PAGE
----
Protesting Escalation

With George Bush’s plans to escalate the war in Iraq, many are becoming nostalgic for the anti-Vietnam protests of the 1960’s and 1970’s. Click on the image above for a short film by Disney animator Ward Kimball protesting Lyndon Johnson’s escalation of the war. (Warning: Contains brief nudity.)

How Conservatives Determine The Truth

From the moment I saw this article posted I knew it would receive a lot of favorable comments in the conservative blogosphere. The article reports on a theory “that cosmic rays from outer space play a far greater role in changing the Earth’s climate than global warming experts previously thought.” Immediately many people who have neither read the actual literature in support of this argument or the research on climate change are latching on to this for the simple reason that it provides justification for their ideological views.

I have no idea as to how credible this idea is. Reportedly it is supported by some scientists and rejected by others. Regardless of the support shown for it in the conservative blogosphere, it will ultimately have to be tested and verified by the scientific method and in peer reviewed journals, which is the same process by which current ideas on climate change have become the consensus of scientific thought. Even if it is true that cosmic waves are an important factor, it doesn’t negate any of the research on carbon dioxide emissions and the connection to climate change. Conservatives love to claim that the climate changes are just a matter of natural fluctuations in temperature, ignoring all the data showing that current trends are taking us far outside of previously recorded norms. Al Gore, for example, made this trends very clear in An Inconvenient Truth.

While it will take some time to determine the significance of this theory from a scientific viewpoint, from a political vantage we can learn some immediate lessons. Conservatives have no concern for determining what is actually true. All that matters is having something in print they can point to. They will accept publications which supports their views and reject that which doesn’t fit in, even if the evidence is far greater for that which contradicts their ideology.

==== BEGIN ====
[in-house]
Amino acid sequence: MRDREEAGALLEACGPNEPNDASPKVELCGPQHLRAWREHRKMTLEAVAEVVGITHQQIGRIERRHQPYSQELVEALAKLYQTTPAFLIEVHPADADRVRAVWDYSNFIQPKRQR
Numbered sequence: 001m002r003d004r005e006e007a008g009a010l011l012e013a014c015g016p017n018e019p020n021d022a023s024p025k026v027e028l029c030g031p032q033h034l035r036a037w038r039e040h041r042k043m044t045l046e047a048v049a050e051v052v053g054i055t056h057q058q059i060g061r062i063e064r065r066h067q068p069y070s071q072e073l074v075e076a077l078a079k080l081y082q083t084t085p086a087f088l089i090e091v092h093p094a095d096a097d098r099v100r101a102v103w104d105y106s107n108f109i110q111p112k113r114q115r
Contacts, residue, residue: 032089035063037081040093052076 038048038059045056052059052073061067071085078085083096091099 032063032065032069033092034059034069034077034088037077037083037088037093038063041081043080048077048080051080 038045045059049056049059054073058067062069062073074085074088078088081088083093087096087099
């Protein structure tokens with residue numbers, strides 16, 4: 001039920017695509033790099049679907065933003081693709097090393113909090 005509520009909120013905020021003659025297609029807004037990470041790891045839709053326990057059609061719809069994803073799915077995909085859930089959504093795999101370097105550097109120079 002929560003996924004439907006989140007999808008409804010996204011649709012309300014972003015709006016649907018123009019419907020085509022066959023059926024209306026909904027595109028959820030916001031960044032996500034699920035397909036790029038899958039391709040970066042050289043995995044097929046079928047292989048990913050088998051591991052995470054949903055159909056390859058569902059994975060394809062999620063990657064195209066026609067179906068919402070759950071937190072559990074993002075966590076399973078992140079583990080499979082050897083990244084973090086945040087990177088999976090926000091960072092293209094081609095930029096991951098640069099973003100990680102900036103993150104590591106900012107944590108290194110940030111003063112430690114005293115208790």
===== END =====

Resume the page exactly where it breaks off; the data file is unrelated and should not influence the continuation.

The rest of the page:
This is just the latest example. In terms of science we see this with all the bogus arguments against evolution. Many on the right also attack geology for disagreeing with them over the age of the earth and cosmology for its ideas on the origins of the universe. (more…)

Obama’s Official

Barack Obama might have less experience in Washington than most of his rivals, but he is quickly learning the rules to media coverage. A candidate can receive coverage both for announcing an exploratory committee, and then again for announcing that they are actually running. The cable news networks were repeating film of his announcement today with Breaking News banners. Is a previously announced appearance to say what everyone knew was going to happen really Breaking News?

Obama is trying hard to turn his lack of experience into something positive:

I recognize there is a certain presumptuousness – a certain audacity – to this announcement. I know I haven’t spent a lot of time learning the ways of Washington. But I’ve been there long enough to know that the ways of Washington must change.

The genius of our founders is that they designed a system of government that can be changed. And we should take heart, because we’ve changed this country before. In the face of tyranny, a band of patriots brought an Empire to its knees. In the face of secession, we unified a nation and set the captives free. In the face of Depression, we put people back to work and lifted millions out of poverty. We welcomed immigrants to our shores, we opened railroads to the west, we landed a man on the moon, and we heard a King’s call to let justice roll down like water, and righteousness like a mighty stream.